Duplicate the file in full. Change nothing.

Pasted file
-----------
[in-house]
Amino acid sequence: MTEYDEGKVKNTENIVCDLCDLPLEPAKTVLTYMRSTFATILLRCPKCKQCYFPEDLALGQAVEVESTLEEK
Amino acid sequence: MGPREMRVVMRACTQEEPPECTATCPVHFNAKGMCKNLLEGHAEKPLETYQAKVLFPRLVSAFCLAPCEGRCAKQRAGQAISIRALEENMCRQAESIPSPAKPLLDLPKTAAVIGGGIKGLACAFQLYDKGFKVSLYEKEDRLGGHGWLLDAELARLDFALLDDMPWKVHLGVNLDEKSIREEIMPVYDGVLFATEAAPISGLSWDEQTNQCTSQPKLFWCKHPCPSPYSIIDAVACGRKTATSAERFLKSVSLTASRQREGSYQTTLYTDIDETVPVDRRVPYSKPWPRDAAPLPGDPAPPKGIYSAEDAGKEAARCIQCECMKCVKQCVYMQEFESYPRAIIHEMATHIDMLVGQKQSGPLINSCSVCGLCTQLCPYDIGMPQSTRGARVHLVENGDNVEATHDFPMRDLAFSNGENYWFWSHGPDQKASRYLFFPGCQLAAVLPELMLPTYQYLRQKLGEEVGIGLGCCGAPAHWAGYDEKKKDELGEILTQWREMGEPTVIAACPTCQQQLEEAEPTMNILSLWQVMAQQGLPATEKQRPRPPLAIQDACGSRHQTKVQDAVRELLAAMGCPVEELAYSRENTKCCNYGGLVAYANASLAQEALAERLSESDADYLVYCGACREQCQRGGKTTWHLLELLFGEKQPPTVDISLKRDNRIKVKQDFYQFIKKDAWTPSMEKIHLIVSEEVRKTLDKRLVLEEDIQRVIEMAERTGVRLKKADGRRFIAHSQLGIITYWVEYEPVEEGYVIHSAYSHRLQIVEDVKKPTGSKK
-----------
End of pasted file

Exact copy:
[in-house]
Amino acid sequence: MTEYDEGKVKNTENIVCDLCDLPLEPAKTVLTYMRSTFATILLRCPKCKQCYFPEDLALGQAVEVESTLEEK
Amino acid sequence: MGPREMRVVMRACTQEEPPECTATCPVHFNAKGMCKNLLEGHAEKPLETYQAKVLFPRLVSAFCLAPCEGRCAKQRAGQAISIRALEENMCRQAESIPSPAKPLLDLPKTAAVIGGGIKGLACAFQLYDKGFKVSLYEKEDRLGGHGWLLDAELARLDFALLDDMPWKVHLGVNLDEKSIREEIMPVYDGVLFATEAAPISGLSWDEQTNQCTSQPKLFWCKHPCPSPYSIIDAVACGRKTATSAERFLKSVSLTASRQREGSYQTTLYTDIDETVPVDRRVPYSKPWPRDAAPLPGDPAPPKGIYSAEDAGKEAARCIQCECMKCVKQCVYMQEFESYPRAIIHEMATHIDMLVGQKQSGPLINSCSVCGLCTQLCPYDIGMPQSTRGARVHLVENGDNVEATHDFPMRDLAFSNGENYWFWSHGPDQKASRYLFFPGCQLAAVLPELMLPTYQYLRQKLGEEVGIGLGCCGAPAHWAGYDEKKKDELGEILTQWREMGEPTVIAACPTCQQQLEEAEPTMNILSLWQVMAQQGLPATEKQRPRPPLAIQDACGSRHQTKVQDAVRELLAAMGCPVEELAYSRENTKCCNYGGLVAYANASLAQEALAERLSESDADYLVYCGACREQCQRGGKTTWHLLELLFGEKQPPTVDISLKRDNRIKVKQDFYQFIKKDAWTPSMEKIHLIVSEEVRKTLDKRLVLEEDIQRVIEMAERTGVRLKKADGRRFIAHSQLGIITYWVEYEPVEEGYVIHSAYSHRLQIVEDVKKPTGSKK